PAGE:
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A shopper ltries out the new Apple iPhone 6 at the Apple Store on the first day of sales of the new phone in Germany on September 19, 2014 in Berlin, Germany.  Sean Gallup—Getty Images

A Big Change Could be Coming to Apple's App Store

Apr 15, 2016

Apple may be changing the way iPhone owners discover new apps in its App Store.

Specifically, the Cupertino, Calif.-based company is said to be exploring a system that would allow developers to pay in order to have their apps displayed more prominently in App Store search results, according to a report from Bloomberg.

This would mean when typing a term like "trivia" or "sports" into the App Store's search field, developers who have paid to maintain a top slot would have their app shown above others in results. It's similar to Google's paid search model, and would create another way for Apple to make money from its App Store, which now houses more than 1.5 million apps.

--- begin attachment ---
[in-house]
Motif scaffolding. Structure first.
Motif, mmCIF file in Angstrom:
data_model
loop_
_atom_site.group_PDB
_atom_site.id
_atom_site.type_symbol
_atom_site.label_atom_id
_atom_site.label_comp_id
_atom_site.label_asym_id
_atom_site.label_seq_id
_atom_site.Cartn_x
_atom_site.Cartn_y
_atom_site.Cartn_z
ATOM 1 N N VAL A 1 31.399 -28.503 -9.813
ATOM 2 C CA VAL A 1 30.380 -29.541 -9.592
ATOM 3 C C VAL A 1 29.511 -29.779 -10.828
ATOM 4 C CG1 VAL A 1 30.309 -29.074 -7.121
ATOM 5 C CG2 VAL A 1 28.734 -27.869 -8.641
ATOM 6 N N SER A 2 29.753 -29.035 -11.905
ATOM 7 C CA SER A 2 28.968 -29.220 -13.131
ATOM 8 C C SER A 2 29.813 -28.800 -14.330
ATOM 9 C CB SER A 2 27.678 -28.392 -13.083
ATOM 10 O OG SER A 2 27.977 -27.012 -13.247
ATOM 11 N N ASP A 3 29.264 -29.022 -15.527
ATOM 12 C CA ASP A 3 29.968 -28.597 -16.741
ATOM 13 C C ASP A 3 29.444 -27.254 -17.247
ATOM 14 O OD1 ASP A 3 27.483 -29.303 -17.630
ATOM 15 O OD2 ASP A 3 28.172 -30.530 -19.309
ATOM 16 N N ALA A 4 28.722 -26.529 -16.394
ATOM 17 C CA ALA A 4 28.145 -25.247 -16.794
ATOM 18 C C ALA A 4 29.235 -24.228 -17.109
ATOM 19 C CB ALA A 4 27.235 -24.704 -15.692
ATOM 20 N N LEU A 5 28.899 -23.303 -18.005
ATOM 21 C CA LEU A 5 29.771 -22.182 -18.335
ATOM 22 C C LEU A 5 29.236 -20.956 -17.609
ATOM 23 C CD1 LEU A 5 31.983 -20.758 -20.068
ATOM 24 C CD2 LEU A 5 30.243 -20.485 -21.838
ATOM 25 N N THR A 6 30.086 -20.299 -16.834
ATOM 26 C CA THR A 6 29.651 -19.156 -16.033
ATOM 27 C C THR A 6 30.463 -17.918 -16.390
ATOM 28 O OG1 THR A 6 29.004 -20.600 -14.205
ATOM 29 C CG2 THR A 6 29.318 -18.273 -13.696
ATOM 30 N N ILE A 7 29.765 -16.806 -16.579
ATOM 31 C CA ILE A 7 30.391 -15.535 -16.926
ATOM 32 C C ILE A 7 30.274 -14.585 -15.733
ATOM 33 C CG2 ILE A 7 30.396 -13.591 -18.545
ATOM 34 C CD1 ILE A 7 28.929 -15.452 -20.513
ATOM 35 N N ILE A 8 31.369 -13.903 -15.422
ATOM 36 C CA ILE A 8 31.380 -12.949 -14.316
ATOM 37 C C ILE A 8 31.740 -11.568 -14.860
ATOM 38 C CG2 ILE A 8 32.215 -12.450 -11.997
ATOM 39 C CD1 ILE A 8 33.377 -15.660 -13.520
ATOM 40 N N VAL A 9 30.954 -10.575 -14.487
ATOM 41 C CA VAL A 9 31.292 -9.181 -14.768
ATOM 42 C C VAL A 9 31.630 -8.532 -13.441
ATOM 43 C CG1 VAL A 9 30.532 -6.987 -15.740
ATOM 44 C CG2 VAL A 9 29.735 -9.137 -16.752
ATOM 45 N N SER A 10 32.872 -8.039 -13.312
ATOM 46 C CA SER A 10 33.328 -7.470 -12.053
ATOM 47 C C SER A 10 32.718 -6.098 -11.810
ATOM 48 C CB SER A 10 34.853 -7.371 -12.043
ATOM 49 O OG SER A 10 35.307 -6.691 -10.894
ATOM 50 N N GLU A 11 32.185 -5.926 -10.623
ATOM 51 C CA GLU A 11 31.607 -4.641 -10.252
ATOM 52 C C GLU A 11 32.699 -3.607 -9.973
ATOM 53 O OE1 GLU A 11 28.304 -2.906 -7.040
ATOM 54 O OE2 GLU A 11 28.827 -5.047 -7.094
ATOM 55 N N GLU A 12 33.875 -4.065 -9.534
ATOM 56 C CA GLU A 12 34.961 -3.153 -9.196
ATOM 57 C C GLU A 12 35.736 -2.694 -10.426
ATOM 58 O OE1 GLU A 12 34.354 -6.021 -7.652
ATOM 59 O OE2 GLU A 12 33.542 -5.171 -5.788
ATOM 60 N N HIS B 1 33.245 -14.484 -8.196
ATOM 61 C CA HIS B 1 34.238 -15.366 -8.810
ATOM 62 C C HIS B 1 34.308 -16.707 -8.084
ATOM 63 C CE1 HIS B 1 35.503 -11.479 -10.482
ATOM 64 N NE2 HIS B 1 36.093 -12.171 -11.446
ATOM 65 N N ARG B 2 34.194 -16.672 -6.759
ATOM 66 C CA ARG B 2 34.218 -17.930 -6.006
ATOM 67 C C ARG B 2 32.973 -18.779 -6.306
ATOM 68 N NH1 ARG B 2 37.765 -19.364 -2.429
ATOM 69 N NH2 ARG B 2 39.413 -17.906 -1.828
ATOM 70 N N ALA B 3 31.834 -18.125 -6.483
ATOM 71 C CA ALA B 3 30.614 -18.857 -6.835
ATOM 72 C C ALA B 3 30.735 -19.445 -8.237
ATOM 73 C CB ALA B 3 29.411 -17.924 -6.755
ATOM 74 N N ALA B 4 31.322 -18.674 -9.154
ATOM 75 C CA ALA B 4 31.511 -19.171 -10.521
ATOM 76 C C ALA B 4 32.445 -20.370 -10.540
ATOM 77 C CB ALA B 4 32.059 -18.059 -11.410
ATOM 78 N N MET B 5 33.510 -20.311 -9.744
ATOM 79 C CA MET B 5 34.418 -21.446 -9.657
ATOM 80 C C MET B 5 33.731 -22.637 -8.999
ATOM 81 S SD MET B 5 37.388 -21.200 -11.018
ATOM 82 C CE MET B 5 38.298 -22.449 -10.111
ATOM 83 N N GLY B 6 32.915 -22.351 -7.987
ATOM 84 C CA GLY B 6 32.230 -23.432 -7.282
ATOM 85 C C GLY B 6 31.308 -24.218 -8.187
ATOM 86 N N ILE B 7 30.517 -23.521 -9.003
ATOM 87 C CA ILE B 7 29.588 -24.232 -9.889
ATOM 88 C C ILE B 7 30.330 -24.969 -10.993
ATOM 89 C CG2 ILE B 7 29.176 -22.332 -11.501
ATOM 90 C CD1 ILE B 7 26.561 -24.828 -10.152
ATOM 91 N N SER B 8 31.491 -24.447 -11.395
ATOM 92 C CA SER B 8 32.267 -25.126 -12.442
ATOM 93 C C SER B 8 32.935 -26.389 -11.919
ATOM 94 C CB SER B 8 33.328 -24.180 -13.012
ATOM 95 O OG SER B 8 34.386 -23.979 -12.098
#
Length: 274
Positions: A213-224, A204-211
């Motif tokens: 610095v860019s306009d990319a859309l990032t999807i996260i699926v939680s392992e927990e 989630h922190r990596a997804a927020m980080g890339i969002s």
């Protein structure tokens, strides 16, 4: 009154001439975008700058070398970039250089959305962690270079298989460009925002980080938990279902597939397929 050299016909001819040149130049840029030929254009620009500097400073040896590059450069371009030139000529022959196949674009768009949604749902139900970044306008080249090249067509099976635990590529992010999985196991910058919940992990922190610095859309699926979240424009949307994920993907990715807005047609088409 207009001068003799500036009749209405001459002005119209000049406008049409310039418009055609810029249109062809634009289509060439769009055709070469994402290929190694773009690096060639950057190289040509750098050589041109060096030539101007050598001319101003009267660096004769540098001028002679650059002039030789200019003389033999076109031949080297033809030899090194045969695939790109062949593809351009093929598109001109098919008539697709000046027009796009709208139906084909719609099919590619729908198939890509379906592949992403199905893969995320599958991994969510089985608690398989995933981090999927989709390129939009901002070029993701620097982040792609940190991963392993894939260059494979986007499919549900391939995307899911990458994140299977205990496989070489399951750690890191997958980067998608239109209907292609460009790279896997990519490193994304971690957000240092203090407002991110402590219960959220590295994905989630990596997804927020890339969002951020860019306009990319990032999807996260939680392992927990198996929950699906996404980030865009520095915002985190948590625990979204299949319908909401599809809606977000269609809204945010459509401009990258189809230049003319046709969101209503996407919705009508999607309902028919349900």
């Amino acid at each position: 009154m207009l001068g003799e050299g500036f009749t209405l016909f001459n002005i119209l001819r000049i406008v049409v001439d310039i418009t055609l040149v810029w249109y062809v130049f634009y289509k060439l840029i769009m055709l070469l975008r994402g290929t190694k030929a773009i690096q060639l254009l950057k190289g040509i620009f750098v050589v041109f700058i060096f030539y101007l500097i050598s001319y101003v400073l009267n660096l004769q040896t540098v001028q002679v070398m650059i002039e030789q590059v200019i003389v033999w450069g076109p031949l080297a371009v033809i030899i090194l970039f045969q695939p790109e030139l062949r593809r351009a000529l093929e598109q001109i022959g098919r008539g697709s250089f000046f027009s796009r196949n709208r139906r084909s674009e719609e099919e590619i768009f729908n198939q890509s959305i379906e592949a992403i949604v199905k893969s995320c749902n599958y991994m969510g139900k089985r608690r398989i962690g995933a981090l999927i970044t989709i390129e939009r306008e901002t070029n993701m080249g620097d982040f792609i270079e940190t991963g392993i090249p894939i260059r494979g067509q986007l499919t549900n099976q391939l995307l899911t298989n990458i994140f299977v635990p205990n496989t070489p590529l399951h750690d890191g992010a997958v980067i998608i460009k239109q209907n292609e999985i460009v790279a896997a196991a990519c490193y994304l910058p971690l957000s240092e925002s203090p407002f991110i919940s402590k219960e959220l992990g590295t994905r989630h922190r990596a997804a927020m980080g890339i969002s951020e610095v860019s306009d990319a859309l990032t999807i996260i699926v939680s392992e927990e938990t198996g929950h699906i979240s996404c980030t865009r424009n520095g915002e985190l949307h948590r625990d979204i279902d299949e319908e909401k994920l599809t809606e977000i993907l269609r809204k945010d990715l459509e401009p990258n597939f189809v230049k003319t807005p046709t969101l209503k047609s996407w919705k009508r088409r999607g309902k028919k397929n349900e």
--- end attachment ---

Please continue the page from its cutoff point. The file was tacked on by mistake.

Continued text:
Apple is also reportedly looking at other ways to improve the browsing experience in its App Store, although the report didn't offer specific information or when to expect the changes. The iPhone-maker is said to have a "secret team" of around 100 employees working on the initiative.

Apple declined to comment on whether or not it is pursuing any changes to the App Store.

The report also comes about four months after Apple announced new leadership for the App Store by putting Phil Schiller, its senior vice president of worldwide marketing, in charge.

Although Apple has not confirmed any plans around future App Store updates, the significance of what such a change could mean for developers and customers is clear. If their apps aren't prominently displayed in Apple's featured section of the App Store, developers have a slim chance of their apps being seen. The paid search model would give app makers a better chance to turn their apps into viable businesses, while also giving Apple device users the opportunity to try apps they may not have otherwise discovered. However, a paid search model could also give an advantage to larger app makers with bigger marketing budgets.

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